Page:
Definitely Cutting Back [Inbox / Issue 887]
I, for one, cannot relate to Aaron Saile’s response to the article “Inflation Nation.” Mr. Saile claims that most frum families aren’t affected by the inflation because of stimulus money and new monthly child care payments, and says that “there would be no logical reason why a monthly inflationary price increase of $175 would cause them to cut back on spending.”
I have a beautiful family of five and bring in $150,000. We got the tax credit, which we use to pay tuition for our most recent addition. Keep in mind that this tax credit is a unique 2021 credit, and the “additional income” will end in just a few months, while inflated prices will not end.
We are not eligible for any sort of food stamps or other programs. Costs have risen in the frum world well beyond $175 a month — gas, haircuts, kosher food, cars, housing and rent, sheitels, etc. However, my salary did not rise. We are most definitely cutting back significantly, and most people I know are doing the same.
There’s a Reason [Inbox / Issue 886]
I’d like to respond to an Inbox letter from a teacher who entreated principals to support their staff.
I have been a principal for many years, and like most principals, I appreciate and support my teachers, seasoned ones and novices alike. Principals need to train their new teachers; they are teaching our students, and we need them desperately. We will advocate for our teachers, and we certainly do not want to throw them under the bus.
The letter writer states “what often happens is that kids act out, parents complain, and suddenly, the person on trial in the classroom is not the child acting out or being chutzpahdig, but the teacher.”
I have worked with many teachers, and in my experience, when a school stops backing a teacher, there are always serious reasons — reasons that other faculty members are not privy to.
So the teacher who left the classroom for an office job because she “didn’t get the help she needed” may actually not have been cut out for teaching. A lawyer who fails his clients by losing case after case should not be a lawyer. A teacher who cannot teach well, understand her students, or carry a class, should not be a teacher. Teachers deal with neshamos and the principals have an achrayus to take care of their students.
Let’s stop bashing schools and principals because we don’t always know the full story.
Such a Great Man [For the Record / Issue 886]
Thank you for devoting an edition of For the Record to Rav Dovid Leibowitz. A number of years ago I heard the following story from Rav Binyamin Kamenetsky ztz”l, the son of Rav Yaakov ztz”l. It gave me insight into Rav Dovid’s greatness.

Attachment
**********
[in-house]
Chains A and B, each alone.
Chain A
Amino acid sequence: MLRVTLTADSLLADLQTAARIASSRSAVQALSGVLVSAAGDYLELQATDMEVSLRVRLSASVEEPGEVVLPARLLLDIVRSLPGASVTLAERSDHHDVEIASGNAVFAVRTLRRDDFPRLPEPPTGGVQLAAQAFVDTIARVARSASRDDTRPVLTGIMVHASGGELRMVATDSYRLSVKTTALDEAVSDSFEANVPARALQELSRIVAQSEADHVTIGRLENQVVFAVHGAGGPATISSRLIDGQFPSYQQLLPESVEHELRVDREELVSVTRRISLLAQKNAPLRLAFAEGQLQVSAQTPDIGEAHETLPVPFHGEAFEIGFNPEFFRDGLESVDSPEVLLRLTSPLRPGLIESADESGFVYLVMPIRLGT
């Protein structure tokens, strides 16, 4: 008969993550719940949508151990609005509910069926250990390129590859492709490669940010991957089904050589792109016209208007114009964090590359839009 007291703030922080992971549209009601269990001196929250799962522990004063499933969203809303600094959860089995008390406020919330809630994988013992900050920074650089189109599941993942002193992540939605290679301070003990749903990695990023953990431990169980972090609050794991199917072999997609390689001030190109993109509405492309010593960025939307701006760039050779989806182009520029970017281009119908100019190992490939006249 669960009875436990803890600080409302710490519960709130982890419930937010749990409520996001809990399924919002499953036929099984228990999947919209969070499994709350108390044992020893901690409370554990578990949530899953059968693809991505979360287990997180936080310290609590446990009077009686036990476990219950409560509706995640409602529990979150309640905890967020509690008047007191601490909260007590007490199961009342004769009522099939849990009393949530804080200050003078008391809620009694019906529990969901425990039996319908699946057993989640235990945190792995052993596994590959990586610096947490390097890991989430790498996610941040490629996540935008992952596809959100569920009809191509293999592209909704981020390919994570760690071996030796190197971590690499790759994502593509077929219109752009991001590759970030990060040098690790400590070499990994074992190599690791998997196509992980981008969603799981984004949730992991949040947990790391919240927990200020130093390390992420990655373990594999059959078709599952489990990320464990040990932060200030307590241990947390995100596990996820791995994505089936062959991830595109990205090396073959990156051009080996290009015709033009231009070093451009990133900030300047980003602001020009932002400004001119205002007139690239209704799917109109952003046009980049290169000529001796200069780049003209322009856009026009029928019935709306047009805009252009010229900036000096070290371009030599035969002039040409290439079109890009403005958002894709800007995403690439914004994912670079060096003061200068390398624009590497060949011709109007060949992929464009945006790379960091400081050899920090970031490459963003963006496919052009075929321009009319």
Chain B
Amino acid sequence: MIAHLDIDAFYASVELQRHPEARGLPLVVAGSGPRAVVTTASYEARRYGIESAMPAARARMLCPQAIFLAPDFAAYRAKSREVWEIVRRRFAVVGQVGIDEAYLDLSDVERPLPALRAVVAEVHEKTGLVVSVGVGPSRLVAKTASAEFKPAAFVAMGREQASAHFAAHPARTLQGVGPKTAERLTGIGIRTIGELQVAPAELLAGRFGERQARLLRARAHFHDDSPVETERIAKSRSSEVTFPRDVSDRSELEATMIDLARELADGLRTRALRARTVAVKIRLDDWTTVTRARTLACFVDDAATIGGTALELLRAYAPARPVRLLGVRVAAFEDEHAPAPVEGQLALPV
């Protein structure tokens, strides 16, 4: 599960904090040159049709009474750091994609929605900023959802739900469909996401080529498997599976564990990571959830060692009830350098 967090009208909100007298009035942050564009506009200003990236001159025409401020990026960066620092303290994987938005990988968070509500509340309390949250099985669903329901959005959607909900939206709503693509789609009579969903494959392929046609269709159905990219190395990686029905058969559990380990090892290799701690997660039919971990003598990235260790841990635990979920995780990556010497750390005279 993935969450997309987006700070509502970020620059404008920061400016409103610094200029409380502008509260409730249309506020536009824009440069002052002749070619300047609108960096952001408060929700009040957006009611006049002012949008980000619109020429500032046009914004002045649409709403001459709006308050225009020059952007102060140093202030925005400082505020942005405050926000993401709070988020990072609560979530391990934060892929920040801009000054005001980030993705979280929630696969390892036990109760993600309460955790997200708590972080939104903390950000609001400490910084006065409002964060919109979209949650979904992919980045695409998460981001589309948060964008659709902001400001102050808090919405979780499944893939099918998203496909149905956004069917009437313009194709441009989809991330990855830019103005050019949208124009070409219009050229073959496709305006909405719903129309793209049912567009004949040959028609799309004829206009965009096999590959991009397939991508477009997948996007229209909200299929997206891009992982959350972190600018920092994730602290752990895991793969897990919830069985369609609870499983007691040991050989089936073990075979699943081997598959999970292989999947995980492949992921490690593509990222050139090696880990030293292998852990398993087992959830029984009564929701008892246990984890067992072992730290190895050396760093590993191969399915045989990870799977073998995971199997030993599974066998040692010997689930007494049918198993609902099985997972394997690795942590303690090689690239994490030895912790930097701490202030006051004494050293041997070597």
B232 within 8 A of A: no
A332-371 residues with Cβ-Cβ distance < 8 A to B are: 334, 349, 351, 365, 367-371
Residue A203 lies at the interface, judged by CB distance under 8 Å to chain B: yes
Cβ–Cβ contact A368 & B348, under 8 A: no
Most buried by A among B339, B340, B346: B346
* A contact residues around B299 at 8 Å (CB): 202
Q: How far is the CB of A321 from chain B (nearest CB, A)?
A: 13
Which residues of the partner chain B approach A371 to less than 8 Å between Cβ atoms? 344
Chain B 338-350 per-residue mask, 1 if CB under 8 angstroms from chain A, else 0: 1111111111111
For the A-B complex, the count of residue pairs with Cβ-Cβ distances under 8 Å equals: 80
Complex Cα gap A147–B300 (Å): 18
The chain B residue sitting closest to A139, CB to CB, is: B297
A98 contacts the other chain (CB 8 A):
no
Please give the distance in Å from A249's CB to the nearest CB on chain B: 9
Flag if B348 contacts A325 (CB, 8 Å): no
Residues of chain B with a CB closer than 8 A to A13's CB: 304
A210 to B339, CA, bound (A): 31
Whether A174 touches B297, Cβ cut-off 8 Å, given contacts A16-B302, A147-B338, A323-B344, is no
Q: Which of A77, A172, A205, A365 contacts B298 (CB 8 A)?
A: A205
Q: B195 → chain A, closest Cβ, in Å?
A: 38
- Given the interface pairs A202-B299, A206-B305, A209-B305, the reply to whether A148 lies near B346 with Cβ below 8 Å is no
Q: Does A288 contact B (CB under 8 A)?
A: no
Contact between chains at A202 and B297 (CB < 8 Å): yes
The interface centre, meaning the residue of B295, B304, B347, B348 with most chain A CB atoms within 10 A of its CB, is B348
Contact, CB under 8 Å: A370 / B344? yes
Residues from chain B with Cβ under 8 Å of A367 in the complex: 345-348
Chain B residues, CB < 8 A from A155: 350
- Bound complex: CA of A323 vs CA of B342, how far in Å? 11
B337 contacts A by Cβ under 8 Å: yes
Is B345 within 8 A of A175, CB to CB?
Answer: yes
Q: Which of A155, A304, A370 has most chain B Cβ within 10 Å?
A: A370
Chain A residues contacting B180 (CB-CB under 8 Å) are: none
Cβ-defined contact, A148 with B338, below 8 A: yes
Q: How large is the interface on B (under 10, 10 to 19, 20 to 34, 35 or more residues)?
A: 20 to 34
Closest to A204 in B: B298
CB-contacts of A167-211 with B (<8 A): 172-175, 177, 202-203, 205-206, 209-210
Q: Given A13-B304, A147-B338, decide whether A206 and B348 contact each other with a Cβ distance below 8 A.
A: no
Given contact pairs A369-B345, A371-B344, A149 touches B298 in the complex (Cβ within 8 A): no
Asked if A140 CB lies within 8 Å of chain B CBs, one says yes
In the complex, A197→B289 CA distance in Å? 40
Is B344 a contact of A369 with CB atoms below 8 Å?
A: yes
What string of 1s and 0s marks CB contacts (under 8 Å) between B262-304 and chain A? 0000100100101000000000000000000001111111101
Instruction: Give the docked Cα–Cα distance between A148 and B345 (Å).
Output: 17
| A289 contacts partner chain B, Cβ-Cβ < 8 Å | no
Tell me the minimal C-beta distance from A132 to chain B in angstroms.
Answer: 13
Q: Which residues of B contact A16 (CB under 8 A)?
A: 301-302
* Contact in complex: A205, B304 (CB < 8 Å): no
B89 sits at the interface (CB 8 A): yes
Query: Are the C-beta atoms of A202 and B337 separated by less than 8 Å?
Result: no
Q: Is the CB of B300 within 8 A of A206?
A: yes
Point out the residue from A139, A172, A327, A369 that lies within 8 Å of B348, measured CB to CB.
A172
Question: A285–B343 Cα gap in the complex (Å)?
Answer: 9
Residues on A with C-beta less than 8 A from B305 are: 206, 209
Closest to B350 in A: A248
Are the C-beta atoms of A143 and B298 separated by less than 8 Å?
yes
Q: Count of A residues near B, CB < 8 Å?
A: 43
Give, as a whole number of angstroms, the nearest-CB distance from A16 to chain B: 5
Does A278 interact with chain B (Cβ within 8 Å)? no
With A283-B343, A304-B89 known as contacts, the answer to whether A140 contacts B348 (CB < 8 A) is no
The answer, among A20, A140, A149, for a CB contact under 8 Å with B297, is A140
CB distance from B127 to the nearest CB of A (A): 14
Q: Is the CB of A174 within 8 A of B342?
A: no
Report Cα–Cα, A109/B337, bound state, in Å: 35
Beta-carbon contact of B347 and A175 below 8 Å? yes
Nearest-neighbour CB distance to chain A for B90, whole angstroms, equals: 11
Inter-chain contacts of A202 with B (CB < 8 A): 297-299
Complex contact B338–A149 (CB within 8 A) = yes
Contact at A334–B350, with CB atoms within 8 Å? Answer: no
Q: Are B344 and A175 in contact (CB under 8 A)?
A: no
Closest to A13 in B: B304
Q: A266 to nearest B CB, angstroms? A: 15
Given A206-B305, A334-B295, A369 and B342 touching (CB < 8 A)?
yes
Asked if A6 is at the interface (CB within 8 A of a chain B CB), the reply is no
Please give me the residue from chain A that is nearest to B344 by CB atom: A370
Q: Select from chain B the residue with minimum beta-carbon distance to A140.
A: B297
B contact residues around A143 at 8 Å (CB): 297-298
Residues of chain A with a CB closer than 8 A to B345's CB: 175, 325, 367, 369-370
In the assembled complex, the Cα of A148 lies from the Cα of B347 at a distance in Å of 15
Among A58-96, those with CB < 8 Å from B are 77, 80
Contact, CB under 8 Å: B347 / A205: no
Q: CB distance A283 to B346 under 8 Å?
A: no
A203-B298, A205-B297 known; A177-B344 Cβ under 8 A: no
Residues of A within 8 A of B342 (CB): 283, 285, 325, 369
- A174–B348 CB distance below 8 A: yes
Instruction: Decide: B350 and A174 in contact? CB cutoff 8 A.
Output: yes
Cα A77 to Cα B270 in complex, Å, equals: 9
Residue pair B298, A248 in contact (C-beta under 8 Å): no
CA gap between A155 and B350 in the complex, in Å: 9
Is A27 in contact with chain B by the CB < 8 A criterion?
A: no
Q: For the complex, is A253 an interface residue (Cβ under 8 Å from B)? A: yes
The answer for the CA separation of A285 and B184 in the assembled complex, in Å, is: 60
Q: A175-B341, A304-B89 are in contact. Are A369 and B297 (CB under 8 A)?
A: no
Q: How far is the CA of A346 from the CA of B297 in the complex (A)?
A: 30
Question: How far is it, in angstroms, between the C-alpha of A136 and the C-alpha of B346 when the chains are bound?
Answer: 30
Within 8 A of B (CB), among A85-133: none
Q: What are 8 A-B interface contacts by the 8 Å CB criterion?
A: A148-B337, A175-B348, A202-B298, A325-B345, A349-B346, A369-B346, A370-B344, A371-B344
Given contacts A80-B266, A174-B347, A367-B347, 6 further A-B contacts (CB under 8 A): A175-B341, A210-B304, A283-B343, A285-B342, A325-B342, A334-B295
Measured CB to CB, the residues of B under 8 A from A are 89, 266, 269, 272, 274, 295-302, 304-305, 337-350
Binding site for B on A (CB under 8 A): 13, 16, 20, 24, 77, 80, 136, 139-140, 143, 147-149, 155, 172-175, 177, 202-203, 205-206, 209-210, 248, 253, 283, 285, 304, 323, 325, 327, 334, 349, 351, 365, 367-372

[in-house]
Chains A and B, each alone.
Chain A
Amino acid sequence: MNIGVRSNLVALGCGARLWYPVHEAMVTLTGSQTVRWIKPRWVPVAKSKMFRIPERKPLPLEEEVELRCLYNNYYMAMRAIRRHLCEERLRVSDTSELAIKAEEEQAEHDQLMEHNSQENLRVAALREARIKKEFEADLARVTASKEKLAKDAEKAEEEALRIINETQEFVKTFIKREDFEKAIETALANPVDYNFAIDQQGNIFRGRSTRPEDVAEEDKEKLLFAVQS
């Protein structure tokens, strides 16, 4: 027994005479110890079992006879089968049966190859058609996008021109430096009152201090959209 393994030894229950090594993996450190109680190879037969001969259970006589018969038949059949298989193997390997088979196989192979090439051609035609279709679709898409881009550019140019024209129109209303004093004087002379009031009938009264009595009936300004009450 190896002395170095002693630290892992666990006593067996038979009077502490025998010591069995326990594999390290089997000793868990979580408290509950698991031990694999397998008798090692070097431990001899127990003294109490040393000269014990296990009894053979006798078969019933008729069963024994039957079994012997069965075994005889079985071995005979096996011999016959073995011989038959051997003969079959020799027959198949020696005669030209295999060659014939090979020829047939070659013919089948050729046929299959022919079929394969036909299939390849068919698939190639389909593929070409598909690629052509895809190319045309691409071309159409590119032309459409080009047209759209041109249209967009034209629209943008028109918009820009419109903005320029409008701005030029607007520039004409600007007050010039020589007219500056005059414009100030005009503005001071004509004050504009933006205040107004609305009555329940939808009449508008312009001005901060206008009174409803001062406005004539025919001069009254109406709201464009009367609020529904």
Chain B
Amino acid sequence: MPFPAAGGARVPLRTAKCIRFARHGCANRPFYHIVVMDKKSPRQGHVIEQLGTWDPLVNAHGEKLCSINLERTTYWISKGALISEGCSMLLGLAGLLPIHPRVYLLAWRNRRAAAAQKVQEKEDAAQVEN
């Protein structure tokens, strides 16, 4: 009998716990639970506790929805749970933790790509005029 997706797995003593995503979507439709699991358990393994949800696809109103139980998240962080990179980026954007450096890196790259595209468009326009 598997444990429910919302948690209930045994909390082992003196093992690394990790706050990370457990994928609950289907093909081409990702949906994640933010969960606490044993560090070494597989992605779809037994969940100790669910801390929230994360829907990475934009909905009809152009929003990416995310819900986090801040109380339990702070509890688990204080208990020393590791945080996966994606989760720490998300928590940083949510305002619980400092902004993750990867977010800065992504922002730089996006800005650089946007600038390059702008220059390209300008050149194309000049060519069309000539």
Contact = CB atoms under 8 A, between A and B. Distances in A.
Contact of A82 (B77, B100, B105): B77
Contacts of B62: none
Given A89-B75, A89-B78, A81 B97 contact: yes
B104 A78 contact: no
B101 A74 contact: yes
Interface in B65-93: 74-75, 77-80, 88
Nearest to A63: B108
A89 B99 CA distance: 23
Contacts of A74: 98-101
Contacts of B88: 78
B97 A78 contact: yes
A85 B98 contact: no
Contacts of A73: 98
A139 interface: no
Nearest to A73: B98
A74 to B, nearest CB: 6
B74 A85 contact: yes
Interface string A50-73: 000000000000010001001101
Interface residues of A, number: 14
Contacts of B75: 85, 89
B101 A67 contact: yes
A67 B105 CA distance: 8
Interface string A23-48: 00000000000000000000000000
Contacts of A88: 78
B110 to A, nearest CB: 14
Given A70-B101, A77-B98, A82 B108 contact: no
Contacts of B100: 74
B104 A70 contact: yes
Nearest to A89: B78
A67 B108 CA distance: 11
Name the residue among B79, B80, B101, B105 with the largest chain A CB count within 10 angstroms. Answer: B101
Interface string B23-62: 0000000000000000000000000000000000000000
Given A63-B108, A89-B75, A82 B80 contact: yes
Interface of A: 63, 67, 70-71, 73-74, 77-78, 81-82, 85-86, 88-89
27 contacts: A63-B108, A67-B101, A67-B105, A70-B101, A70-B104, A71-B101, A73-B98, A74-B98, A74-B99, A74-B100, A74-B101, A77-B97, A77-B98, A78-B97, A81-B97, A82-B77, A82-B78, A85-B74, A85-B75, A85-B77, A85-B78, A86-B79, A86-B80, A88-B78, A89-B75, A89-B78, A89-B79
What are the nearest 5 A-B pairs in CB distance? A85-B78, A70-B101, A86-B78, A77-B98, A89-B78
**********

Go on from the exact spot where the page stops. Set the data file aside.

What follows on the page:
As soon as Rav Yaakov had moved his family to America, he sent his son Binyamin to learn in Rav Dovid Leibowitz’s yeshivah.
When he arrived, a young Rav Binyamin was taken aback by the very less than adequate material environment and provisions. The beds in the dormitory were literally touching each other side by side because there was almost no extra floor space, and the menu consisted of soup and day-old bread.
Rav Binyamin sent a letter to his father and complained, “For this I could have stayed in Europe.”
Rav Yaakov sent a costly express letter back with the following message: “Rav Dovid is such a great man that if I were a gvir in Europe I would have sent you to America to learn from him.”
Why Only Once a Week? [Made in Heaven / Issue 886]
I would like to respond to Rabbi Shafier’s statement on the importance of a once-weekly “date night.”
I am baruch Hashem married almost 28 years, and I fully agree that couples need to spend time together to maintain a strong connection. However, I believe it needs to be a consistent, day-to-day connection. A date night assumes that we are so busy, we can’t speak to each other — but once a week we will “catch up.”
Around ten years ago, my husband and I were both very busy. We hardly had time to schmooze; we were like ships sailing past each other. At some point, this came to a head, and we realized that we needed to spend more time together.
We came up with the idea of going for a walk every night. Our oldest was old enough to stay home with the younger children, and we thought 20 minutes a day would allow us to connect, while the kids would be okay.
The problem was finding a time that worked. There was really no good time! There was homework, and baths, and the kids needed me the whole night. But as we know and believe in our hearts, our marriage comes first. So we decided we would go right after supper.
When we told our children, they were very upset. They revolted! They followed us on our walks! But after a while, they got used to it — and even came to admire and appreciate the fact that we took time to spend together.
We started this ten years ago, and we continue to walk almost every weeknight. Our daily, consistent check-in has developed a closeness and connection that no words can even describe.